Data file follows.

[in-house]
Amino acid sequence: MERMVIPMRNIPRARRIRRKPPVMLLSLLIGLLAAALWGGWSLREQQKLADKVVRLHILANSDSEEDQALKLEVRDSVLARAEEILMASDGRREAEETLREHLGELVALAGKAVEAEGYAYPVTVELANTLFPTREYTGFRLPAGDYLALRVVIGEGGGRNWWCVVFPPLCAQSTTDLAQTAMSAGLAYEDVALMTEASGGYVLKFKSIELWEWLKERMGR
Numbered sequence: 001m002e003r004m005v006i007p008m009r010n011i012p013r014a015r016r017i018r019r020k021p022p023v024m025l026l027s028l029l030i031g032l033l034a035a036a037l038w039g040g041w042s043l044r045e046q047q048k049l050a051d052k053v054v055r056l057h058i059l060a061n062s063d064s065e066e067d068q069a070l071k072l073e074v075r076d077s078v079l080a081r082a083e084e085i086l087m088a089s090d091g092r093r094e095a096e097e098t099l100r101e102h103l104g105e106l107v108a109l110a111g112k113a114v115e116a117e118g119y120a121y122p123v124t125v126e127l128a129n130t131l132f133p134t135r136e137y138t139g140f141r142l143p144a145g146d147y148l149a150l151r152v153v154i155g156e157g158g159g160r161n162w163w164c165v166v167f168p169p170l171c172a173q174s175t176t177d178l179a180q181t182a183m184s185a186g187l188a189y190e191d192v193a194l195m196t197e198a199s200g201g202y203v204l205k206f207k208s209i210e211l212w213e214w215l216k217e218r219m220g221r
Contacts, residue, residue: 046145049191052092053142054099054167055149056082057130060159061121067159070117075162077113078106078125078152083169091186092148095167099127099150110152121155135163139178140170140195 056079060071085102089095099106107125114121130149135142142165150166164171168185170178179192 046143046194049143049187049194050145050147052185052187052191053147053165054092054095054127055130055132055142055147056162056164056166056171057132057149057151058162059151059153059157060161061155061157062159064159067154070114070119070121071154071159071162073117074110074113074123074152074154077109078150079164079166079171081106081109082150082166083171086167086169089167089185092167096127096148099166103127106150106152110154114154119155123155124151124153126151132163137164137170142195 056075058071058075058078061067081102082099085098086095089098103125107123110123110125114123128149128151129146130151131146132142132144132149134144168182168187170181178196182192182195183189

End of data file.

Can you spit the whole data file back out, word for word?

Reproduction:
[in-house]
Amino acid sequence: MERMVIPMRNIPRARRIRRKPPVMLLSLLIGLLAAALWGGWSLREQQKLADKVVRLHILANSDSEEDQALKLEVRDSVLARAEEILMASDGRREAEETLREHLGELVALAGKAVEAEGYAYPVTVELANTLFPTREYTGFRLPAGDYLALRVVIGEGGGRNWWCVVFPPLCAQSTTDLAQTAMSAGLAYEDVALMTEASGGYVLKFKSIELWEWLKERMGR
Numbered sequence: 001m002e003r004m005v006i007p008m009r010n011i012p013r014a015r016r017i018r019r020k021p022p023v024m025l026l027s028l029l030i031g032l033l034a035a036a037l038w039g040g041w042s043l044r045e046q047q048k049l050a051d052k053v054v055r056l057h058i059l060a061n062s063d064s065e066e067d068q069a070l071k072l073e074v075r076d077s078v079l080a081r082a083e084e085i086l087m088a089s090d091g092r093r094e095a096e097e098t099l100r101e102h103l104g105e106l107v108a109l110a111g112k113a114v115e116a117e118g119y120a121y122p123v124t125v126e127l128a129n130t131l132f133p134t135r136e137y138t139g140f141r142l143p144a145g146d147y148l149a150l151r152v153v154i155g156e157g158g159g160r161n162w163w164c165v166v167f168p169p170l171c172a173q174s175t176t177d178l179a180q181t182a183m184s185a186g187l188a189y190e191d192v193a194l195m196t197e198a199s200g201g202y203v204l205k206f207k208s209i210e211l212w213e214w215l216k217e218r219m220g221r
Contacts, residue, residue: 046145049191052092053142054099054167055149056082057130060159061121067159070117075162077113078106078125078152083169091186092148095167099127099150110152121155135163139178140170140195 056079060071085102089095099106107125114121130149135142142165150166164171168185170178179192 046143046194049143049187049194050145050147052185052187052191053147053165054092054095054127055130055132055142055147056162056164056166056171057132057149057151058162059151059153059157060161061155061157062159064159067154070114070119070121071154071159071162073117074110074113074123074152074154077109078150079164079166079171081106081109082150082166083171086167086169089167089185092167096127096148099166103127106150106152110154114154119155123155124151124153126151132163137164137170142195 056075058071058075058078061067081102082099085098086095089098103125107123110123110125114123128149128151129146130151131146132142132144132149134144168182168187170181178196182192182195183189